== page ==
Having kids means having lots of questions, especially about milestone moments like when to first start solid foods, when a baby should take their first steps and when they'll get and lose their first baby teeth.
Like most milestones, while every child is different and develops differently, there are some standard guidelines that parents can follow.
Teething is a milestone that happens to infants roughly around the same time in their development. It's common for babies to first start getting their first baby teeth around 6 months, but for some it happens earlier and some even later. Most parents know to expect teething with their infants, but do you know when to expect your child should begin losing their teeth?
Most children will begin to lose their first baby teeth between the ages of 5 and 6 years old, but that doesn't mean that there's something wrong if your child loses their first teeth at the age of 4, or even 7 or 8. Baby teeth will typically begin to fall out in the same order they come in, which means it's pretty standard for your child to lose their two front bottom teeth first.
Pediatric dentist Clive Friedman explained to Today's Parent that there's no cause for alarm if your child loses their first teeth earlier than expected. “If a child loses a tooth early, my first question is whether she’s had any trauma, such as a fall, that you’ve not been aware of. That’s the most common reason a tooth might fall out a little earlier than the norm,” Friedman says. “But if it’s one of the front bottom teeth, and there are no signs of decay or trauma, there’s no great reason to be concerned.”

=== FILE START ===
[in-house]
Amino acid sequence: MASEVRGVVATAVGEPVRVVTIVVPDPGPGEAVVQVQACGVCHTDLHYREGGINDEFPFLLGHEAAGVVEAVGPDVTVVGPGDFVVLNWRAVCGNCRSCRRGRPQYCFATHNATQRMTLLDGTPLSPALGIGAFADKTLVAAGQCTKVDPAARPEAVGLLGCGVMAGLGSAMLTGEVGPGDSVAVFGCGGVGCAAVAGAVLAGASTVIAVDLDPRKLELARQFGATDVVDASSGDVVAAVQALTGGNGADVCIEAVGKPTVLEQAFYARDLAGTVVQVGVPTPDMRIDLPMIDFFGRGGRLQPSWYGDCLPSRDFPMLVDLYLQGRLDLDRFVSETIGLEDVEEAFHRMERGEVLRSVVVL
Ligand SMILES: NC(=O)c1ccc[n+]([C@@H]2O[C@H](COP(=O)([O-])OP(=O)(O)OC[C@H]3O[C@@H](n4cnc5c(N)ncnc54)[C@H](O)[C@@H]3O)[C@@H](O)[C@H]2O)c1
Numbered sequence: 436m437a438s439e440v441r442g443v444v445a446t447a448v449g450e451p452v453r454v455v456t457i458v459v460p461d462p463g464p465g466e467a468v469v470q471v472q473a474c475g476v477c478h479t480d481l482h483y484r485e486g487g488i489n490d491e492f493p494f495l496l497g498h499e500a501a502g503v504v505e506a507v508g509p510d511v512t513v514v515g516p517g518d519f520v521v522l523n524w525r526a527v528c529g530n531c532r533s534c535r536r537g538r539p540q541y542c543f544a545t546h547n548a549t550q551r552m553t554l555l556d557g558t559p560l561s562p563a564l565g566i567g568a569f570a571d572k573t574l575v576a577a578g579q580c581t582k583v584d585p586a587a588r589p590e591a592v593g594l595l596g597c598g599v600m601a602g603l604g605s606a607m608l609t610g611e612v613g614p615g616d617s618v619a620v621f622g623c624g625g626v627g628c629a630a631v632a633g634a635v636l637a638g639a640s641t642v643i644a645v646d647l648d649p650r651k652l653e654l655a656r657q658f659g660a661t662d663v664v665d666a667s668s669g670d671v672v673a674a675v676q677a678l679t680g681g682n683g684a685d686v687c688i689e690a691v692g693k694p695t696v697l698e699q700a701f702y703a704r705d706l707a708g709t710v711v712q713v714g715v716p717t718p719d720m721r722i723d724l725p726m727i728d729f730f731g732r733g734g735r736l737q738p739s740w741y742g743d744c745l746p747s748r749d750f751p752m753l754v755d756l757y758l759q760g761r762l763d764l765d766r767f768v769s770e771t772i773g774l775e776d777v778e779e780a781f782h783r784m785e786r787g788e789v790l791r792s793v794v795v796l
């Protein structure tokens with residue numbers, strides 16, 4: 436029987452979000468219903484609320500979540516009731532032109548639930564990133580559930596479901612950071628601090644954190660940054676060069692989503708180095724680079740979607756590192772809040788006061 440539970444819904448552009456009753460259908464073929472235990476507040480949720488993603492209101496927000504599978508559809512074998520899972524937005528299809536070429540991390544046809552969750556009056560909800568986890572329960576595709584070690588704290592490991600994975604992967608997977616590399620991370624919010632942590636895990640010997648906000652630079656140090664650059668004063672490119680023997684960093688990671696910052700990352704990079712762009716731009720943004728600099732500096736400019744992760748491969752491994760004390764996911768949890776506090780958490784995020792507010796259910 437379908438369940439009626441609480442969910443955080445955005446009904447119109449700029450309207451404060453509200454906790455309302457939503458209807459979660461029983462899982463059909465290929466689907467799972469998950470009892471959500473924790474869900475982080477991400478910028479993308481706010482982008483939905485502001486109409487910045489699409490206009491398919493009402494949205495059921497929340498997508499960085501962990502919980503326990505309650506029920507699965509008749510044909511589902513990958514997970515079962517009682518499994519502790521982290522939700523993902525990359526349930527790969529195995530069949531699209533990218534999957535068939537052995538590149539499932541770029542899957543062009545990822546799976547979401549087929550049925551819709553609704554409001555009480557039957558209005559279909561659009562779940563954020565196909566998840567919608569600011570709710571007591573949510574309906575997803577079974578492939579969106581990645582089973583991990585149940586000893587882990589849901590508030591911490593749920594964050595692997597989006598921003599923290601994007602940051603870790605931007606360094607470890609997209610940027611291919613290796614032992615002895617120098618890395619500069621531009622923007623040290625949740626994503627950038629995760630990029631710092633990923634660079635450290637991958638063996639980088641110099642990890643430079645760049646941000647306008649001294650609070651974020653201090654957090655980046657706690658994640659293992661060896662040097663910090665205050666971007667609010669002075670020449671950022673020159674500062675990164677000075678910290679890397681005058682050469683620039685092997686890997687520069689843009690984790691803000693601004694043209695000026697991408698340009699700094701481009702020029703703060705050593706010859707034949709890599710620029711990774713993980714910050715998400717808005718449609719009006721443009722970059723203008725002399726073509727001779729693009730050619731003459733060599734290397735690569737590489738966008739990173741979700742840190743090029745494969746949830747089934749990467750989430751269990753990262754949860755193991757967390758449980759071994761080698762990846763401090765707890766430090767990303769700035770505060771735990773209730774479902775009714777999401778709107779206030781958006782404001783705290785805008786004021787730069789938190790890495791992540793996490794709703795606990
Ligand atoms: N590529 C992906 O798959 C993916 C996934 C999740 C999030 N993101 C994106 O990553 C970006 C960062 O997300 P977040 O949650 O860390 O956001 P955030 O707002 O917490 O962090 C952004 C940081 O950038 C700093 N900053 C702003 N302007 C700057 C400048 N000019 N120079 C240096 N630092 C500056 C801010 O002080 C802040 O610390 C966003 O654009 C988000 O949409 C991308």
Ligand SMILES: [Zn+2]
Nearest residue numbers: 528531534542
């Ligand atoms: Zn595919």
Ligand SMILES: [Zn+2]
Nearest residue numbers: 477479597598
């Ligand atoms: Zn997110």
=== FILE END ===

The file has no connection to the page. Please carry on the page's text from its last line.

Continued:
Baby teeth typically begin to fall out when the adult teeth start to push them out. The Mayo Clinic states that typically, children will lose their bottom two teeth first, followed by the two top front teeth, "followed by the lateral incisors, first molars, canines and second molars".
While there is no 'exact age' that a child will begin to lose their first teeth, Dr. Friedman does suggest that you consult a dentist to have some X-Rays done if your child reaches the age of 7 or 8 and still hasn't lost their first teeth. While everything may be fine and it may simply be a natural delay, it's best to get an expert opinion.